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A poster presented at ADA’s 80th Scientific Sessions examines the effects of interactive pharmacist insulin teaching for patients with diabetes prior to hospital discharge.
Technology-enhanced insulin education by pharmacists prior to hospital discharge led to improved outcomes for patients with diabetes, according to new research presented at the American Diabetes Association’s (ADA’s) 80th Scientific Sessions.
Proper insulin injection technique is imperative to optimizing glycemic control and ensure safe medication use. Since January 2018, unit-based pharmacists at Greenville Memorial campus have been providing insulin administration education prior to patient discharge. The study, which was presented virtually by study investigator Jessica M. Odom, PharmD, BCPS-BC-ADM, evaluated the effect of incorporating iPad insulin education videos into standardized pharmacist insulin teaching at bedside prior to inpatient discharge.
According to Odom, the 8-minute insulin administration video demonstrated how to give an insulin injection, safely dispose of sharps, and recognize and treat hypoglycemia. The video also provided other insulin educational points, such as by explaining how insulin works to lower blood glucose, as well as the difference between basal and bolus insulin.
The study compared patients who received traditional pharmacist insulin teaching over a 6-month period versus the technology-enhanced pharmacist insulin teaching for 6 months. In the technology-enhanced teaching group, patients were able to review insulin education via an iPad at bedside and were then able to practice with demo tools, and receive coaching or corrections from a pharmacist. Patients included in the study were older than 18 years of age with either new insulin orders or, if taking insulin prior to admission, a HbA1c ≥8.5%, according to the study.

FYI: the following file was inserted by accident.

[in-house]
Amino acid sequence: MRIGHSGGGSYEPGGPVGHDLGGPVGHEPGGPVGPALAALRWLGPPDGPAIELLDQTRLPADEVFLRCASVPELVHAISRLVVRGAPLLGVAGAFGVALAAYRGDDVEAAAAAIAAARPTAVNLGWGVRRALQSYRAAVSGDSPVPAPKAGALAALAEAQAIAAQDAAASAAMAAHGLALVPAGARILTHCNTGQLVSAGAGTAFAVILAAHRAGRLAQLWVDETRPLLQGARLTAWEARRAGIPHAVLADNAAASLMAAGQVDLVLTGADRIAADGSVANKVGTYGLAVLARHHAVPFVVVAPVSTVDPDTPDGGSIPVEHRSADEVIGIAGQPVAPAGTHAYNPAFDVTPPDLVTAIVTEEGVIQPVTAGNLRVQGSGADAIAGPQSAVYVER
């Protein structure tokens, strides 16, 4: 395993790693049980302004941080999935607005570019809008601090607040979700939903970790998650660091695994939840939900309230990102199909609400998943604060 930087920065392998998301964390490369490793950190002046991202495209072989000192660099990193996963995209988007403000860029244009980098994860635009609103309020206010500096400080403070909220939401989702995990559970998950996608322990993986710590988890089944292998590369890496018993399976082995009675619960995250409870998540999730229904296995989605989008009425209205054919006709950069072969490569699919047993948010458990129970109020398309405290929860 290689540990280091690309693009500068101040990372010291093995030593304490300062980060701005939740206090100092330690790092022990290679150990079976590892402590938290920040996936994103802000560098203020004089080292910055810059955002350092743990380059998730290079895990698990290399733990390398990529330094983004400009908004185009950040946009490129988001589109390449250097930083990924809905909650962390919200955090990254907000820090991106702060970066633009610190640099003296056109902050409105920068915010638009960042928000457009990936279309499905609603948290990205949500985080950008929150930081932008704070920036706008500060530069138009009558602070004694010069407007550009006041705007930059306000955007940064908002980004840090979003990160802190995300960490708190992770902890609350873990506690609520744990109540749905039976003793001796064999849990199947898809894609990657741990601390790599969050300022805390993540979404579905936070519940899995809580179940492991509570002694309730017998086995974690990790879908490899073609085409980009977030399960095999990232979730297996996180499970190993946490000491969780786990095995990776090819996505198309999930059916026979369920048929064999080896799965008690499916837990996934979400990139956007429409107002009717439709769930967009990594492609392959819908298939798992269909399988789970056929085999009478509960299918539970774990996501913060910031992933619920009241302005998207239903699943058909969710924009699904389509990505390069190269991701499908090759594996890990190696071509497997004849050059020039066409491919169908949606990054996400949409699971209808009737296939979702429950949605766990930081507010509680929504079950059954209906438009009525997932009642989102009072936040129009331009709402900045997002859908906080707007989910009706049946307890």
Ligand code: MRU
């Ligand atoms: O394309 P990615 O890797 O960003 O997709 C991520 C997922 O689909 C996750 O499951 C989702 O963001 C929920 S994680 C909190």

Using an 8-item survey administered pre- and post-education, the investigators assessed changes in confidence in insulin administration and storage, hypoglycemia managements, and sharps disposal on a scale of 1 to 5, with 5 indicating the highest confidence.
Average A1c at baseline was over 10%. Patients in both groups improved from their baseline scores across all 8 items in the survey. Statistically significant differences were seen across 4 survey items favoring the technology-enhanced teaching, including the right time to give insulin, how to store insulin, how to give yourself an injection, and how to prepare a dose of insulin, Odom reported. Additionally, follow-up A1c within 4 months of discharge improved to 9.4 in the traditional group and 8.7 in the iPad group, according to the findings. Diabetes-related readmissions were similar between both groups.
“Technology-enhanced education improved patient outcomes while offering a consistent and concise tool to deliver education,” Odom said in the presentation. “Patients in the study had uncontrolled diabetes, frequently were prescribed insulin in the outpatient setting, yet many had never received education on this high-risk education.”
Although inpatient education by pharmacists prior to discharge improved patient confidence in insulin administration across both groups, the use technology-enhanced insulin education may further reduce pharmacist burden without negatively affecting patient outcomes, the study concluded.